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Friday, November 12, 2010
100 to 1
The other day, as I was tallying American crows at Nature Boardwalk (all the birds at Nature Boardwalk are counted each weekday) my count was suddenly and dramatically disrupted. The crows started frantically flying off in all directions, making quite a ruckus.
What was going on? At first, I had no idea what all the fuss was about. After a few minutes, the flock (also known as a “murder”) of approximately 100 crows settled back down on the patch of grass they had previously occupied, and I resumed my count. Then, to my surprise, the whole incident repeated itself!
This time, on closer inspection, I figured out the source of the commotion. The Nature Boardwalk’s resident Cooper’s hawk was swooping down and scaring off the crows, scattering them every which way. It would single out a crow and chase it aggressively until tiring of the pursuit. After all the crows were riled up, the hawk would perch in a tree overhead and survey the chaos it had created.
What was the hawk’s motive? I can’t know for sure, but what happened next hinted at a possible rationale. A few crows came over to the perch where the hawk was sitting and began swooping in, diving at the hawk and harassing it. This behavior is known as “mobbing,” and crows are known to mob much larger birds of prey, including hawks. The hawk flew from branch to branch to avoid the pesky attackers, but they were relentless. Finally, the hawk was fed up and it swooped into the flock of crows and dispersed them all again.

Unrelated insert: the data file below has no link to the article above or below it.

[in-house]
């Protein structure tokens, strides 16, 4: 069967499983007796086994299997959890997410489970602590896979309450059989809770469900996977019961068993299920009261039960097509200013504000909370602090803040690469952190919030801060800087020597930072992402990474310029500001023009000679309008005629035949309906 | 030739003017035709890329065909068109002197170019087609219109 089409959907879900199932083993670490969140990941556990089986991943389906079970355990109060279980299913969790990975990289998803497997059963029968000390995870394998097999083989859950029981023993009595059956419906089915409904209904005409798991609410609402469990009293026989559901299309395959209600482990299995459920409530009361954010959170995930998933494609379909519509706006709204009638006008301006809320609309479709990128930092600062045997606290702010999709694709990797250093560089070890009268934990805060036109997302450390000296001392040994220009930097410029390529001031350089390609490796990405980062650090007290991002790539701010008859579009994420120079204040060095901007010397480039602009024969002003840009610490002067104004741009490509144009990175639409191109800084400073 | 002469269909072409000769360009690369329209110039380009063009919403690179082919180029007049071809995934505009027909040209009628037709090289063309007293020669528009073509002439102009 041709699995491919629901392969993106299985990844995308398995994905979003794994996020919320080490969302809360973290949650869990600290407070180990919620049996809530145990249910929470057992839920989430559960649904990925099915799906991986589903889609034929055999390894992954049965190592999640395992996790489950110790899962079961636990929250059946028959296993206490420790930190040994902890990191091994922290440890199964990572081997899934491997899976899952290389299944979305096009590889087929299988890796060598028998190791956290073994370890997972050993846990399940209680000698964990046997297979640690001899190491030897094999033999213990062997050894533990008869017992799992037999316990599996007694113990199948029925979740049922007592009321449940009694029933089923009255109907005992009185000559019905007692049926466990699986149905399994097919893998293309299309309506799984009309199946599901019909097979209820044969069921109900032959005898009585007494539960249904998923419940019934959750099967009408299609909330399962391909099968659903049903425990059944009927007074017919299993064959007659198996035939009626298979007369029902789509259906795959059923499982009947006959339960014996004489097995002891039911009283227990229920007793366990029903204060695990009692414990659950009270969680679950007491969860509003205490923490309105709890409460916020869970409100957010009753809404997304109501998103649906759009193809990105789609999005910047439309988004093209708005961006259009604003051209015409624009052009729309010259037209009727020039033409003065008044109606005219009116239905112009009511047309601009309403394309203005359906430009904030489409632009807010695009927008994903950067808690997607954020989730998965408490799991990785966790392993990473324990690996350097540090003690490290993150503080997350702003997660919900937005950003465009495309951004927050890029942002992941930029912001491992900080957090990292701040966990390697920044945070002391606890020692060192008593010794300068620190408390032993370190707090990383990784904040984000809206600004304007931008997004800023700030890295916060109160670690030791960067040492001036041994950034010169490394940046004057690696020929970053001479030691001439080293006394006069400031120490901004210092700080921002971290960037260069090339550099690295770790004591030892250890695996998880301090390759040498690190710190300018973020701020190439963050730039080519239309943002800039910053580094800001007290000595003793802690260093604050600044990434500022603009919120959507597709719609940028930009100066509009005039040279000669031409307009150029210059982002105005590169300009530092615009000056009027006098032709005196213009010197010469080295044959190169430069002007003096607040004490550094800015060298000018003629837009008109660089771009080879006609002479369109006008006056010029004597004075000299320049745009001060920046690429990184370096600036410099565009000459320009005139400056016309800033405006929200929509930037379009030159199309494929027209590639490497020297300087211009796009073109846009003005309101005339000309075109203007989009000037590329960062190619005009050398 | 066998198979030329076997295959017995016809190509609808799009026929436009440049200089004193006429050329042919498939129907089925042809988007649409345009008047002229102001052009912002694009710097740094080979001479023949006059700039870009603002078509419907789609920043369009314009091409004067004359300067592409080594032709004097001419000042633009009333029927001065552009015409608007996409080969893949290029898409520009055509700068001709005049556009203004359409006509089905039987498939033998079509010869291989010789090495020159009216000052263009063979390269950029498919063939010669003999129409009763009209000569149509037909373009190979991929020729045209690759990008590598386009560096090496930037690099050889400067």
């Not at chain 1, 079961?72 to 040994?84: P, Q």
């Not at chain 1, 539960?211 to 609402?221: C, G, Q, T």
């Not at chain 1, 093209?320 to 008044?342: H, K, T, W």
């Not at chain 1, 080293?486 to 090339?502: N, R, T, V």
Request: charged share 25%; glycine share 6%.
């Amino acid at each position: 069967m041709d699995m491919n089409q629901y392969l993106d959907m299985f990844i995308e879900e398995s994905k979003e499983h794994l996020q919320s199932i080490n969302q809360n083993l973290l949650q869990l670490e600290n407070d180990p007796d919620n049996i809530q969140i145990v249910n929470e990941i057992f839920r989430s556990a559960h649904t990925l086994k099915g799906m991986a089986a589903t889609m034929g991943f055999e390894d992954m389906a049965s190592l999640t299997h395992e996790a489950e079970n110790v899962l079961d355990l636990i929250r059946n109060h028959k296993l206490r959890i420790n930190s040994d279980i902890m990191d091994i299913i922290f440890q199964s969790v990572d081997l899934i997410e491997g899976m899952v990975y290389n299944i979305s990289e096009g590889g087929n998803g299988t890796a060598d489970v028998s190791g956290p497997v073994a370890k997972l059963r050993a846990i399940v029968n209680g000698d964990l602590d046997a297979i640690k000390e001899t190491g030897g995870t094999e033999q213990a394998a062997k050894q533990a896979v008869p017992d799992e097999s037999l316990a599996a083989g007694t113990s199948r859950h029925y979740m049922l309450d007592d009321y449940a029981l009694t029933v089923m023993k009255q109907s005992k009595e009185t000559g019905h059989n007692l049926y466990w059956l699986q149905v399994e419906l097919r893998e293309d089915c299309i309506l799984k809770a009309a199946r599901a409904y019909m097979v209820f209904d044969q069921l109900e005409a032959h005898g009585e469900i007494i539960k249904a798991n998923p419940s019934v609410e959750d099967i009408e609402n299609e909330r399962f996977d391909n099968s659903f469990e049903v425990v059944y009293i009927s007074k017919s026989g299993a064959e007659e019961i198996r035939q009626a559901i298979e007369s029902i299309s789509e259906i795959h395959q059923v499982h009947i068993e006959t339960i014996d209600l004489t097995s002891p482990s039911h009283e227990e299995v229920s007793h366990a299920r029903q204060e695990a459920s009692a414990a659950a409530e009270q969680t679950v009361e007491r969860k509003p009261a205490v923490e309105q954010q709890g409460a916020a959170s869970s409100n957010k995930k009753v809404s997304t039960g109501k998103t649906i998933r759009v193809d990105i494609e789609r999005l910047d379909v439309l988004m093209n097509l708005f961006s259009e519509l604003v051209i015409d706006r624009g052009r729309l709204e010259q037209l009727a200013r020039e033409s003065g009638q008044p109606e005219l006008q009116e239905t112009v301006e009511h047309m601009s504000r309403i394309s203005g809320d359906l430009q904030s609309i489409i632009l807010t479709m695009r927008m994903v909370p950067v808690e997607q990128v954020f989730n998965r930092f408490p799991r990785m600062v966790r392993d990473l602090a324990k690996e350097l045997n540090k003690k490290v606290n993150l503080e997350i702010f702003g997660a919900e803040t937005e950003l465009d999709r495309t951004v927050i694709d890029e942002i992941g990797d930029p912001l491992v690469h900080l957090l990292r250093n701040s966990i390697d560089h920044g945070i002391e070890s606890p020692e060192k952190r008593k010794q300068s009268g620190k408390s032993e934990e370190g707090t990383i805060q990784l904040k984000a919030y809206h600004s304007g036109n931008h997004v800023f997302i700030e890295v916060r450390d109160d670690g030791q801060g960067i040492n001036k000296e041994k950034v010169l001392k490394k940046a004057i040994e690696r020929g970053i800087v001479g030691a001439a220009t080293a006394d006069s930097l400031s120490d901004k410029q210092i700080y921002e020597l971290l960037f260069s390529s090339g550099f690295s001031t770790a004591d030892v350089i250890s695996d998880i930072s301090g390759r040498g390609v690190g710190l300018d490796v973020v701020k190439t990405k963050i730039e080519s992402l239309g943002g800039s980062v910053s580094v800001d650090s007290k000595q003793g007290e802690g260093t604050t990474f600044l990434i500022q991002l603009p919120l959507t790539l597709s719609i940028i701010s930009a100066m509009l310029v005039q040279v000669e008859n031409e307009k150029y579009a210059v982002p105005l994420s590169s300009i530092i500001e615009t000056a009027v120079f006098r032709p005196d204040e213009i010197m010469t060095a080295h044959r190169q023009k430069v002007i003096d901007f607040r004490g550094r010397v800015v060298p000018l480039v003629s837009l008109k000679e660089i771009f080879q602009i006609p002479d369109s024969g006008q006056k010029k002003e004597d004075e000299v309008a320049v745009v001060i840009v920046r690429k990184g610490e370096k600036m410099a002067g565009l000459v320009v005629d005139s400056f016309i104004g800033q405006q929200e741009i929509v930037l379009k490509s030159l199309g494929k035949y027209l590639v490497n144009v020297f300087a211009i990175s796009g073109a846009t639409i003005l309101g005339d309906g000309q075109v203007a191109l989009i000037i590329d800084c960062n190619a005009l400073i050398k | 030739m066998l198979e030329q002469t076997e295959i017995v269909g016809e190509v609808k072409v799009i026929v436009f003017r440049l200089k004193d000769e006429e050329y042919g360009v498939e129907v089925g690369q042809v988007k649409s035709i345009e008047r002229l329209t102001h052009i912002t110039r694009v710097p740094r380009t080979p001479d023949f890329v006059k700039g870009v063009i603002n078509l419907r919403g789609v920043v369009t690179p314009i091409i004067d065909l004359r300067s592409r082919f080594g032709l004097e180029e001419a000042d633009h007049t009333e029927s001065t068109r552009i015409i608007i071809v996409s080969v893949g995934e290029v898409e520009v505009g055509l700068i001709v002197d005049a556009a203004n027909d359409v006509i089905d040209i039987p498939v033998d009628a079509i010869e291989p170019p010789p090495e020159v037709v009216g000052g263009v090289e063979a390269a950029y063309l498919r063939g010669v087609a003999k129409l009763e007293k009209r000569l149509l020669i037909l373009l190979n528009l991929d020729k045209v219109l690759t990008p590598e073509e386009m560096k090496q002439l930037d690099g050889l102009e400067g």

I watched this whole progression repeat itself about every five minutes for half an hour. When I left, the two teams didn’t seem any closer to reaching a truce. It would seem 100 crows versus one Cooper’s hawk is a fairly even match. They certainly put on an impressive show!
Nature Boardwalk at Lincoln Park Zoo
By transforming the South Pond into Nature Boardwalk, Lincoln Park Zoo has created an urban ecosystem in the heart of the city. Enjoy a virtual view as native plants and animals establish themselves in this rare refuge.
As Lincoln Park Zoo’s director of horticulture, Brian oversees the zoo’s gardens, from bud to bloom.
As coordinator of wildlife management, Mason chronicles the bugs, birds, fish, insects, mammals and more that make their homes at Nature Boardwalk.
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